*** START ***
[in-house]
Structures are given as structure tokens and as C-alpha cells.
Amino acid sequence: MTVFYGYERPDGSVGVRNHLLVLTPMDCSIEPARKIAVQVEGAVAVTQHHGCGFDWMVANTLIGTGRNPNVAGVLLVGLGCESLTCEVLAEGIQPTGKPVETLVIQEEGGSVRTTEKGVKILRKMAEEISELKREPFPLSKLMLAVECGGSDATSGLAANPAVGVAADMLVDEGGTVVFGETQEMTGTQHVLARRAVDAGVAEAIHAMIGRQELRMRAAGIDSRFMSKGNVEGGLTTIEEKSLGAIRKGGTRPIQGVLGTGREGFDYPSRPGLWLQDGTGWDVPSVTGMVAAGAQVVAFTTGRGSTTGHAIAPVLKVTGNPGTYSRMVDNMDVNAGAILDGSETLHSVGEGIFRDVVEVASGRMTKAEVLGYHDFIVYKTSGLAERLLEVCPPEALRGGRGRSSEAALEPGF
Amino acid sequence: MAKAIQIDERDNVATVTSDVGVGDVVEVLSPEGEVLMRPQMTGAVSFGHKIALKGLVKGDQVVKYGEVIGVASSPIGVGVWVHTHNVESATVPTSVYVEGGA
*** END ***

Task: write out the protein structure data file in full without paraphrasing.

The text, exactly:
[in-house]
Structures are given as structure tokens and as C-alpha cells.
Amino acid sequence: MTVFYGYERPDGSVGVRNHLLVLTPMDCSIEPARKIAVQVEGAVAVTQHHGCGFDWMVANTLIGTGRNPNVAGVLLVGLGCESLTCEVLAEGIQPTGKPVETLVIQEEGGSVRTTEKGVKILRKMAEEISELKREPFPLSKLMLAVECGGSDATSGLAANPAVGVAADMLVDEGGTVVFGETQEMTGTQHVLARRAVDAGVAEAIHAMIGRQELRMRAAGIDSRFMSKGNVEGGLTTIEEKSLGAIRKGGTRPIQGVLGTGREGFDYPSRPGLWLQDGTGWDVPSVTGMVAAGAQVVAFTTGRGSTTGHAIAPVLKVTGNPGTYSRMVDNMDVNAGAILDGSETLHSVGEGIFRDVVEVASGRMTKAEVLGYHDFIVYKTSGLAERLLEVCPPEALRGGRGRSSEAALEPGF
Amino acid sequence: MAKAIQIDERDNVATVTSDVGVGDVVEVLSPEGEVLMRPQMTGAVSFGHKIALKGLVKGDQVVKYGEVIGVASSPIGVGVWVHTHNVESATVPTSVYVEGGA